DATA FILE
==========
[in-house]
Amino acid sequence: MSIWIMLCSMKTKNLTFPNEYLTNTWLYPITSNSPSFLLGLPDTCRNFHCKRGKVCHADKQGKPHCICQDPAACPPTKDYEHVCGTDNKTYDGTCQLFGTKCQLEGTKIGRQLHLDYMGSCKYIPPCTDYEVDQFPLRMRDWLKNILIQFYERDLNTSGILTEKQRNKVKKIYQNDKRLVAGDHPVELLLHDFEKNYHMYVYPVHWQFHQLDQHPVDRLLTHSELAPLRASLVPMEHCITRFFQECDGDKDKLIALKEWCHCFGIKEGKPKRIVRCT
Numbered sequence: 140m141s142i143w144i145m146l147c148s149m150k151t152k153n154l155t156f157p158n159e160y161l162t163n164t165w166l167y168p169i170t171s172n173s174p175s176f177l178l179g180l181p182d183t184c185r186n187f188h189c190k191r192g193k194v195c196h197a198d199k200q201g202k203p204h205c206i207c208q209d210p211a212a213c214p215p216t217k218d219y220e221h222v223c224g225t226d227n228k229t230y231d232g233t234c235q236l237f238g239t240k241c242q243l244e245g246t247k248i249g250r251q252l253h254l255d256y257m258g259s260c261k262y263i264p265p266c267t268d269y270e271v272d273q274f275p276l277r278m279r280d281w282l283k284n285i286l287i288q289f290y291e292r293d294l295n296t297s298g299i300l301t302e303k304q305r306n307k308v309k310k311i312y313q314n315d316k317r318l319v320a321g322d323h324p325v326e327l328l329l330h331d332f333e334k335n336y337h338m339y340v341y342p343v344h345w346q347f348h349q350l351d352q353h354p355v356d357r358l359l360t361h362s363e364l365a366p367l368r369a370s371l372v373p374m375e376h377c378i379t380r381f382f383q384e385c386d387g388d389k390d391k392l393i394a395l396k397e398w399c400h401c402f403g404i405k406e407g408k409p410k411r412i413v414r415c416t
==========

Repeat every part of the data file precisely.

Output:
[in-house]
Amino acid sequence: MSIWIMLCSMKTKNLTFPNEYLTNTWLYPITSNSPSFLLGLPDTCRNFHCKRGKVCHADKQGKPHCICQDPAACPPTKDYEHVCGTDNKTYDGTCQLFGTKCQLEGTKIGRQLHLDYMGSCKYIPPCTDYEVDQFPLRMRDWLKNILIQFYERDLNTSGILTEKQRNKVKKIYQNDKRLVAGDHPVELLLHDFEKNYHMYVYPVHWQFHQLDQHPVDRLLTHSELAPLRASLVPMEHCITRFFQECDGDKDKLIALKEWCHCFGIKEGKPKRIVRCT
Numbered sequence: 140m141s142i143w144i145m146l147c148s149m150k151t152k153n154l155t156f157p158n159e160y161l162t163n164t165w166l167y168p169i170t171s172n173s174p175s176f177l178l179g180l181p182d183t184c185r186n187f188h189c190k191r192g193k194v195c196h197a198d199k200q201g202k203p204h205c206i207c208q209d210p211a212a213c214p215p216t217k218d219y220e221h222v223c224g225t226d227n228k229t230y231d232g233t234c235q236l237f238g239t240k241c242q243l244e245g246t247k248i249g250r251q252l253h254l255d256y257m258g259s260c261k262y263i264p265p266c267t268d269y270e271v272d273q274f275p276l277r278m279r280d281w282l283k284n285i286l287i288q289f290y291e292r293d294l295n296t297s298g299i300l301t302e303k304q305r306n307k308v309k310k311i312y313q314n315d316k317r318l319v320a321g322d323h324p325v326e327l328l329l330h331d332f333e334k335n336y337h338m339y340v341y342p343v344h345w346q347f348h349q350l351d352q353h354p355v356d357r358l359l360t361h362s363e364l365a366p367l368r369a370s371l372v373p374m375e376h377c378i379t380r381f382f383q384e385c386d387g388d389k390d391k392l393i394a395l396k397e398w399c400h401c402f403g404i405k406e407g408k409p410k411r412i413v414r415c416t